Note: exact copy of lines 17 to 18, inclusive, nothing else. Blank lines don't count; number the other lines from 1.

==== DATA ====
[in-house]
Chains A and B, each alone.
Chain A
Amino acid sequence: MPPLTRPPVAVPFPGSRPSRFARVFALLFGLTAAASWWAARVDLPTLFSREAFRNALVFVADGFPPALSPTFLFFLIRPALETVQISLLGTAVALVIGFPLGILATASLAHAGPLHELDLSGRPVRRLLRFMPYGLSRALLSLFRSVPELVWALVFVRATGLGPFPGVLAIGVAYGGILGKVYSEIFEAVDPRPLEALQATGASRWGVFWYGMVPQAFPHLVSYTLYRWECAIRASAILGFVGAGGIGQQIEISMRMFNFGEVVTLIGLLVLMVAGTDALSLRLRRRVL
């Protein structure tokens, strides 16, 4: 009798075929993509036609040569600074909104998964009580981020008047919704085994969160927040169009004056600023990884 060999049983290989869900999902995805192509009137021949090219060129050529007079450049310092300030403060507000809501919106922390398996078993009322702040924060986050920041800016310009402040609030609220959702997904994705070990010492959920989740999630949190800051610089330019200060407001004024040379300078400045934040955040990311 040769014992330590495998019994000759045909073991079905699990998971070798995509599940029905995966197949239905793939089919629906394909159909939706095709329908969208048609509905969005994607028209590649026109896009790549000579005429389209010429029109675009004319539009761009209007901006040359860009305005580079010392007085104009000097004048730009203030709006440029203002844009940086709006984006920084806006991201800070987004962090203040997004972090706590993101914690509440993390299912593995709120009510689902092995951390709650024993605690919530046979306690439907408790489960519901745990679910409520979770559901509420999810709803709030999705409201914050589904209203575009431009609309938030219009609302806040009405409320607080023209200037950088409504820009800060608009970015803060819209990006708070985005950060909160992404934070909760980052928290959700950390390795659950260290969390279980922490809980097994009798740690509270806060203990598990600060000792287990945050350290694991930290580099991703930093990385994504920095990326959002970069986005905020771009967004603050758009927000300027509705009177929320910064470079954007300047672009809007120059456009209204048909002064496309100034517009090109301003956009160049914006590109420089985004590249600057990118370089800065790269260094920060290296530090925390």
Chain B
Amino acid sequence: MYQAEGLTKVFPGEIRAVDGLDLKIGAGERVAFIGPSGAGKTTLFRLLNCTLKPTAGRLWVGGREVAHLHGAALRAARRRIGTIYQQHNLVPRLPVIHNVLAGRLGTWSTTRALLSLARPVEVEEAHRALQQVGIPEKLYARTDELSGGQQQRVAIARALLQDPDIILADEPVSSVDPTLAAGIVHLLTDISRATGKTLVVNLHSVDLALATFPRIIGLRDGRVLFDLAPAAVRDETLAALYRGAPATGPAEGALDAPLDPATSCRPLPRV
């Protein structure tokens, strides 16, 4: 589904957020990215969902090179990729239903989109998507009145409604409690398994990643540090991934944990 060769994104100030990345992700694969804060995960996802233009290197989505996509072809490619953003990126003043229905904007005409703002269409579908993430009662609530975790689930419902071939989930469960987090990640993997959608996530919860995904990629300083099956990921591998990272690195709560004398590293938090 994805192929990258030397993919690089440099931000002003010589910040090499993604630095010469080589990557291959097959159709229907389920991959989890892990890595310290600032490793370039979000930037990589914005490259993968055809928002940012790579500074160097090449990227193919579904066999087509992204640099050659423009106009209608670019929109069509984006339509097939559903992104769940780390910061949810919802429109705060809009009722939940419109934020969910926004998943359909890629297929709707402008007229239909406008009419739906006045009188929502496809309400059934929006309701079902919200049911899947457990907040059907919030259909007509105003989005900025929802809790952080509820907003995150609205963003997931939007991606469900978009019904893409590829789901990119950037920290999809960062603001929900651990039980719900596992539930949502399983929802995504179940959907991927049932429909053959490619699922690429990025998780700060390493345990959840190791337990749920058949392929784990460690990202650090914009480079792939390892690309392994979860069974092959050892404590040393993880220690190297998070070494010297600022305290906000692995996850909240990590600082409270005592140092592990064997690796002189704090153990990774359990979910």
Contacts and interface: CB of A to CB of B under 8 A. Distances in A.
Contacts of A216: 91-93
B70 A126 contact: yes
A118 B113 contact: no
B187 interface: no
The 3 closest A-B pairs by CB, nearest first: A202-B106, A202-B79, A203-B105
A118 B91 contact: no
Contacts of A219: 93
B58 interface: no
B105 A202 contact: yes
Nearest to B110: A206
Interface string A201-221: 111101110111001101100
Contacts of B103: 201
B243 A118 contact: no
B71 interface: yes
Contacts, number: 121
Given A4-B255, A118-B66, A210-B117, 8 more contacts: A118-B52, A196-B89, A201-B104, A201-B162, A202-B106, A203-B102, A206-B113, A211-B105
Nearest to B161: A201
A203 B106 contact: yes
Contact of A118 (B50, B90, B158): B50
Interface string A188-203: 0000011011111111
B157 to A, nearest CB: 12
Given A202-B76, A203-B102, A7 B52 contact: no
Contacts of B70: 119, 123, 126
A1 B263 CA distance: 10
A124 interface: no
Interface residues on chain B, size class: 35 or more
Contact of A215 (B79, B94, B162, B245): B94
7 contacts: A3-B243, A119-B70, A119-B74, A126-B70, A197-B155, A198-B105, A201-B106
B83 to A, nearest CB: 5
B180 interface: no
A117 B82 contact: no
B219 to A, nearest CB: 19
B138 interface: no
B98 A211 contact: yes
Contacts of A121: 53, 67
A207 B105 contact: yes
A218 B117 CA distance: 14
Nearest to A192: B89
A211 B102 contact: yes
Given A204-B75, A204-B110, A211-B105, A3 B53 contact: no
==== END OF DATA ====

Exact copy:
B58 interface: no
B105 A202 contact: yes